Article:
There are three tools to check if Google can render a page with JavaScript present:

  1. The ‘Test Live URL’ function in the URL inspection tool in GSC in View Rendered Page
  2. Google’s mobile-friendly test
  3. Screaming Frog

Screaming Frog is by far the most powerful and comprehensive, not to mention easy to carry out. Go to the JavaScript tab then filter by ‘Pages with Blocked Resources’.

Export a list of issues and pass to whoever developed the website.

 

3.    Meta data

Meta data is not seen by users on the front end of the website. Basically, it’s information about the information on the page so search engines can understand the content better.

After crawlability, it’s the most important aspect of SEO.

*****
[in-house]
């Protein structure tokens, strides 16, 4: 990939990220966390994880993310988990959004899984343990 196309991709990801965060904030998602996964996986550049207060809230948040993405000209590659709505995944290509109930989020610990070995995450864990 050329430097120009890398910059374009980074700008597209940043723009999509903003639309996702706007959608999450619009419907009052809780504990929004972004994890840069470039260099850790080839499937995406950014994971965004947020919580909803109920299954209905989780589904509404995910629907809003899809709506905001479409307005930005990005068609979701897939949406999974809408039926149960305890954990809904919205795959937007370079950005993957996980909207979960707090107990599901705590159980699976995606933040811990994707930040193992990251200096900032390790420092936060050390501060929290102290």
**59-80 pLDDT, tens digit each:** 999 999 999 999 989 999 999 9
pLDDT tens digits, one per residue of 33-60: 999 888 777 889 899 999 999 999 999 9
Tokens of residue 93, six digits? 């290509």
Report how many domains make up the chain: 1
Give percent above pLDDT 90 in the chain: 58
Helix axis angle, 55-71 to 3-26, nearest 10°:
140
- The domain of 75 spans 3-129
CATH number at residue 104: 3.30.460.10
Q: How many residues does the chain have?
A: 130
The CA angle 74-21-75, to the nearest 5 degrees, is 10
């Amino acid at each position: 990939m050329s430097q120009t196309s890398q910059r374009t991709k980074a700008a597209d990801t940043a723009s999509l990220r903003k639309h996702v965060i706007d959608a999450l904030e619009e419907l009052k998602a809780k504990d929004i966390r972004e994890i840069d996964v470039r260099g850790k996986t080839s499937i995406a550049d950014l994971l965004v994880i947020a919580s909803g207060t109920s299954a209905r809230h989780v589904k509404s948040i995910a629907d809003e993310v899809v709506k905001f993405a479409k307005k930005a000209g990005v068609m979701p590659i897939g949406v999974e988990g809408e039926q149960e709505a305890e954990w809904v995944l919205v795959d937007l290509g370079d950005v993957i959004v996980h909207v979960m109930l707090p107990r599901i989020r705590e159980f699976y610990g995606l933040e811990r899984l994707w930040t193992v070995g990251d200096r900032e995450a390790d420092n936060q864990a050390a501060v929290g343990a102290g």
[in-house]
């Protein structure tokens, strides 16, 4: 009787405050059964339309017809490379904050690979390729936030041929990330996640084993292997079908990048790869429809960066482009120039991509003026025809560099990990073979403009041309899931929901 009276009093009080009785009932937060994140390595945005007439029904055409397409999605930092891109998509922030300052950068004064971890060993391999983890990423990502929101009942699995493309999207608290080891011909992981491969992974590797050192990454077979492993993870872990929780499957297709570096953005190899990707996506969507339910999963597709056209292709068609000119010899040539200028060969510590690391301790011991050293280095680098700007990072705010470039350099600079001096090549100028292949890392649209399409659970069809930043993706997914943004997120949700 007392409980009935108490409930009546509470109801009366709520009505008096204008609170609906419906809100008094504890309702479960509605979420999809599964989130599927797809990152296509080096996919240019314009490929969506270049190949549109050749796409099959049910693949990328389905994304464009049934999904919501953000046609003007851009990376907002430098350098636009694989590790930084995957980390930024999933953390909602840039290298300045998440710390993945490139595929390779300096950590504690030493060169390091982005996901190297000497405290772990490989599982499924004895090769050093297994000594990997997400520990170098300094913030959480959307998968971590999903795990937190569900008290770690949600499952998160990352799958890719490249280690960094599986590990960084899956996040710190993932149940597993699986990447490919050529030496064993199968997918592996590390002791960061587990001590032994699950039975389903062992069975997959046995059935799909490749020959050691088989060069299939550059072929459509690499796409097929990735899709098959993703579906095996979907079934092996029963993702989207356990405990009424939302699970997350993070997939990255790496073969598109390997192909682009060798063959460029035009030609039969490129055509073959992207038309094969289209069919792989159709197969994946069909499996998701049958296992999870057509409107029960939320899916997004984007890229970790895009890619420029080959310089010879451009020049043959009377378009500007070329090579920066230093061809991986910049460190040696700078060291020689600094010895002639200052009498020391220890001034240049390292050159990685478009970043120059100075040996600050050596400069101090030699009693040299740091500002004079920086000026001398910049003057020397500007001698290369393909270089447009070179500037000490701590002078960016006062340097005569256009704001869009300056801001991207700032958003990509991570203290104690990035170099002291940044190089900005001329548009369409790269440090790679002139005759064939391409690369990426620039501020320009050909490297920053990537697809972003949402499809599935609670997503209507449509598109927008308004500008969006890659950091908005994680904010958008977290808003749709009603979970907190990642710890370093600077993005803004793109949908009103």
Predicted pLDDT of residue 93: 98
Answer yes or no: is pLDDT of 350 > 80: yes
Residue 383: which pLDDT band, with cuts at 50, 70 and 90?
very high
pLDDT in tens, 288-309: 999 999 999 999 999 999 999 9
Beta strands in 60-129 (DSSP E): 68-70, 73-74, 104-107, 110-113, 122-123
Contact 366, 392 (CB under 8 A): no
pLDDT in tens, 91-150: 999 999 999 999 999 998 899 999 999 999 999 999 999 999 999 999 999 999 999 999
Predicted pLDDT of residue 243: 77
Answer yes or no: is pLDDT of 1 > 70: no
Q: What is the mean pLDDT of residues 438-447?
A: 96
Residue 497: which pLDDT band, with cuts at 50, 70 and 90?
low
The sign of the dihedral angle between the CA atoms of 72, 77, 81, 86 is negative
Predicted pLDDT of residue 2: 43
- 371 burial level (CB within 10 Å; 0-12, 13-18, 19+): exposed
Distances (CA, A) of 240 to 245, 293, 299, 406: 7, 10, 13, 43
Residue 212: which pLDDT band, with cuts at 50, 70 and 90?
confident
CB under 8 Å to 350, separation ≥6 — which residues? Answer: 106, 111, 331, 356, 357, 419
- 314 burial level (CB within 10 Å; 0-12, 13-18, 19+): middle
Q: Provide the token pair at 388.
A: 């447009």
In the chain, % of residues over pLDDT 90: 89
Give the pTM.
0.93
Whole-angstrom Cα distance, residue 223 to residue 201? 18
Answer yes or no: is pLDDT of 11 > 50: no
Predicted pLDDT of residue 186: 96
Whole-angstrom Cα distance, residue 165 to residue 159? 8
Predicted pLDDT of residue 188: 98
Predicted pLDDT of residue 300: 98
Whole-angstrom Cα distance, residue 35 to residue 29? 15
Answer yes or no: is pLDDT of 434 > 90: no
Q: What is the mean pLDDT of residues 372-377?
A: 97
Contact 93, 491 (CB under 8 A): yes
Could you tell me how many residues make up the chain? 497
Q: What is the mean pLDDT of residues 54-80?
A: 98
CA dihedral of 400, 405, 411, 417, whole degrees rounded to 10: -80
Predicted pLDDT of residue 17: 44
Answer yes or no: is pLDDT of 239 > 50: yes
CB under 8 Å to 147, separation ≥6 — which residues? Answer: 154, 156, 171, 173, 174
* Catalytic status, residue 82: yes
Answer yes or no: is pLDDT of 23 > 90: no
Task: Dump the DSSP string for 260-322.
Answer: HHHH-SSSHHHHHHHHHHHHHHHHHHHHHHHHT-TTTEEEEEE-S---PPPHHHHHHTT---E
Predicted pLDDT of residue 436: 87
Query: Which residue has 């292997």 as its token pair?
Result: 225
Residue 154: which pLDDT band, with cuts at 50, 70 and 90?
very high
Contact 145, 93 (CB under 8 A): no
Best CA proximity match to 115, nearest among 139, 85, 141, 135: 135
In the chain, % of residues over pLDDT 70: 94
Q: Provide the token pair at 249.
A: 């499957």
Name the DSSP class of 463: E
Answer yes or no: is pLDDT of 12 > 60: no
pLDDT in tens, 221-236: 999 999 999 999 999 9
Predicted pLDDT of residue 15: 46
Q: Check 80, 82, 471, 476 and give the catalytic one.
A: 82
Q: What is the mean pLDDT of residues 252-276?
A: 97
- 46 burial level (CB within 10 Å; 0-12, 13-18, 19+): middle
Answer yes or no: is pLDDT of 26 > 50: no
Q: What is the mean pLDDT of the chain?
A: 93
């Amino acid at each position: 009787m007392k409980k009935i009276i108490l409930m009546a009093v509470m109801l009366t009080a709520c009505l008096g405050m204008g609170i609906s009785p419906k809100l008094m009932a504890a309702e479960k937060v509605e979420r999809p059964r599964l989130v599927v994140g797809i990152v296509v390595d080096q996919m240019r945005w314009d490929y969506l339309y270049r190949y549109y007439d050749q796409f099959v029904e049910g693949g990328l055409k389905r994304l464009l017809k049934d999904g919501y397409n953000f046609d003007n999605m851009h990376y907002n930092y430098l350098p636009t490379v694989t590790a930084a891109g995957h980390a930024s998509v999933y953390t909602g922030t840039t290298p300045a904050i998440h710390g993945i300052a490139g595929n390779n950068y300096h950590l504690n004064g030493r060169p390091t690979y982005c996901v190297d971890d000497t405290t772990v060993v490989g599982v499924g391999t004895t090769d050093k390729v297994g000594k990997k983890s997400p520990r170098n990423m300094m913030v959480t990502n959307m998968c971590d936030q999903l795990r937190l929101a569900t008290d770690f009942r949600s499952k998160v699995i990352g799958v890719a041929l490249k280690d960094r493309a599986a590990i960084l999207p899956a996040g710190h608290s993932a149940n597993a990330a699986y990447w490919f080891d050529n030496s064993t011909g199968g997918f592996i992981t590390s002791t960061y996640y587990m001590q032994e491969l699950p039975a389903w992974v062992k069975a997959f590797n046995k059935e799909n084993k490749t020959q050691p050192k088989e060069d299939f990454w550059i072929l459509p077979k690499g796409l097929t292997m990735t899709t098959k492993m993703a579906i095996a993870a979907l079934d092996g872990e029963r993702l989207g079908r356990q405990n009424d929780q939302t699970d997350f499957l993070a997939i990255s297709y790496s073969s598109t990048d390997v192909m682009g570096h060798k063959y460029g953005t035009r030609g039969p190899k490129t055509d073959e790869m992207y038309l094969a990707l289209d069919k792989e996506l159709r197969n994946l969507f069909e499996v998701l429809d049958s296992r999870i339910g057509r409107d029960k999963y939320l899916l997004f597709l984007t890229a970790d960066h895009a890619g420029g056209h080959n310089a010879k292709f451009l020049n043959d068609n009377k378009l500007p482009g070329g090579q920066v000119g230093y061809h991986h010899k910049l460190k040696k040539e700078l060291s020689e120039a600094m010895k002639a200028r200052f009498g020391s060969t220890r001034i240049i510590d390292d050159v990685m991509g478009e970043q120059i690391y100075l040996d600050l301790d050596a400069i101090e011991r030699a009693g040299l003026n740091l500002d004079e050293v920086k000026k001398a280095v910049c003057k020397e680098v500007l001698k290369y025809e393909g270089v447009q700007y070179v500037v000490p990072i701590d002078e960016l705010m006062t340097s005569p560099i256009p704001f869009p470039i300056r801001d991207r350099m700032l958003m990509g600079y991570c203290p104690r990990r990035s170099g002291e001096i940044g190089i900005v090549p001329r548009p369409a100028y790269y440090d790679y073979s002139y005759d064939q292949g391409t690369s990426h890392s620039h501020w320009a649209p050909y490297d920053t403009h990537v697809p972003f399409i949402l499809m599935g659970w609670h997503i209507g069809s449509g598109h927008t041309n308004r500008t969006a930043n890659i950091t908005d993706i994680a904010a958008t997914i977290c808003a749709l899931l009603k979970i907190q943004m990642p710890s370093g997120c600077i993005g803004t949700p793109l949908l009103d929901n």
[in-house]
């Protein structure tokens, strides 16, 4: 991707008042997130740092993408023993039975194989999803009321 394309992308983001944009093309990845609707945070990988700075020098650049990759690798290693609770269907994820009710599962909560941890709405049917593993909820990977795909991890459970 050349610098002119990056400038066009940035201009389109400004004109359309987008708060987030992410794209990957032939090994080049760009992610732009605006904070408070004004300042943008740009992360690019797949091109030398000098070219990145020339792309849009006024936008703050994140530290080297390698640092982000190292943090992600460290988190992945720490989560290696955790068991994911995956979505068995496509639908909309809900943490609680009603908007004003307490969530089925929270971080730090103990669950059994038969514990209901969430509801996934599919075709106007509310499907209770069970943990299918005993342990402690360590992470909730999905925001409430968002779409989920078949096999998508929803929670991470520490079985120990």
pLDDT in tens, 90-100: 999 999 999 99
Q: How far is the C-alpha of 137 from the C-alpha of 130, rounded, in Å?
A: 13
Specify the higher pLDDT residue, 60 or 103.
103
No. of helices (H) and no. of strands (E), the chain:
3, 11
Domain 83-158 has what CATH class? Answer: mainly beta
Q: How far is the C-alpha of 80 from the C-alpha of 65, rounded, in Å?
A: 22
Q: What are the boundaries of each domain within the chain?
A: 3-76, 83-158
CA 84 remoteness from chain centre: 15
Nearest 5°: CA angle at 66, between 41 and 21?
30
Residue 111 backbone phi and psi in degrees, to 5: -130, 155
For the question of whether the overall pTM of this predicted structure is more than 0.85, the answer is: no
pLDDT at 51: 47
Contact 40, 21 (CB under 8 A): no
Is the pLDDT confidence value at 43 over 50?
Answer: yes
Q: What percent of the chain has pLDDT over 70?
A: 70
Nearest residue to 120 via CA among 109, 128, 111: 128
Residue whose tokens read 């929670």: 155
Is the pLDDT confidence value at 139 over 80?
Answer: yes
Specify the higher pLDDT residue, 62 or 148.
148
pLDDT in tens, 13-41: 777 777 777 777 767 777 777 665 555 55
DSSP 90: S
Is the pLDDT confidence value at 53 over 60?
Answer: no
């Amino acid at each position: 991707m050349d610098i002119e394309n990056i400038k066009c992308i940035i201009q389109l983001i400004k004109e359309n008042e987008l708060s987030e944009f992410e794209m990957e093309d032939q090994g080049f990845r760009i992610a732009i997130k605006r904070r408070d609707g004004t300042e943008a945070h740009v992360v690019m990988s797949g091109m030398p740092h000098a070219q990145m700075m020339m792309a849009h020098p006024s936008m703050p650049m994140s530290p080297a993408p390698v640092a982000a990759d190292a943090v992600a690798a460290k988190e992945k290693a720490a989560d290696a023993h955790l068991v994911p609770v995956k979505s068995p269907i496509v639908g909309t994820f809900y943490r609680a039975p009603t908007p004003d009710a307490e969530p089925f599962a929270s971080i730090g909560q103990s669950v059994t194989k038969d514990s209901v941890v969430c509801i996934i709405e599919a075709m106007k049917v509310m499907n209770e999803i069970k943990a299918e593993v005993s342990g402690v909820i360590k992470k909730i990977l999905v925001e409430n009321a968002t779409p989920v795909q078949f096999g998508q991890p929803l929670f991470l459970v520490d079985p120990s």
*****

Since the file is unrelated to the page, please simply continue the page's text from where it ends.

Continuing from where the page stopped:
Indexable pages have a meta title

All indexable pages should have a meta title (a.k.a. page title) that fits certain criteria, as follows:

  • Contains the page’s focus keyword (in the first 60 characters ideally)
  • Describes what the page is about clearly
  • Doesn’t exceed 60 characters in total (so all of it displays on mobile and desktop)
  • Is unique, that is it’s not used anywhere else on the website

Go to the ‘Page Titles’ tab in Screaming Frog which provides lots of insight including the most important issues like: Missing, Duplicate, and Over 60 Characters.

Ensure there is a meta title for each indexable page that is: unique, under 60 characters and contains the page’s focus keyword.

Good meta descriptions

These are not as important as they use to be because nowadays Google pulls content dynamically from a page for SERP descriptions.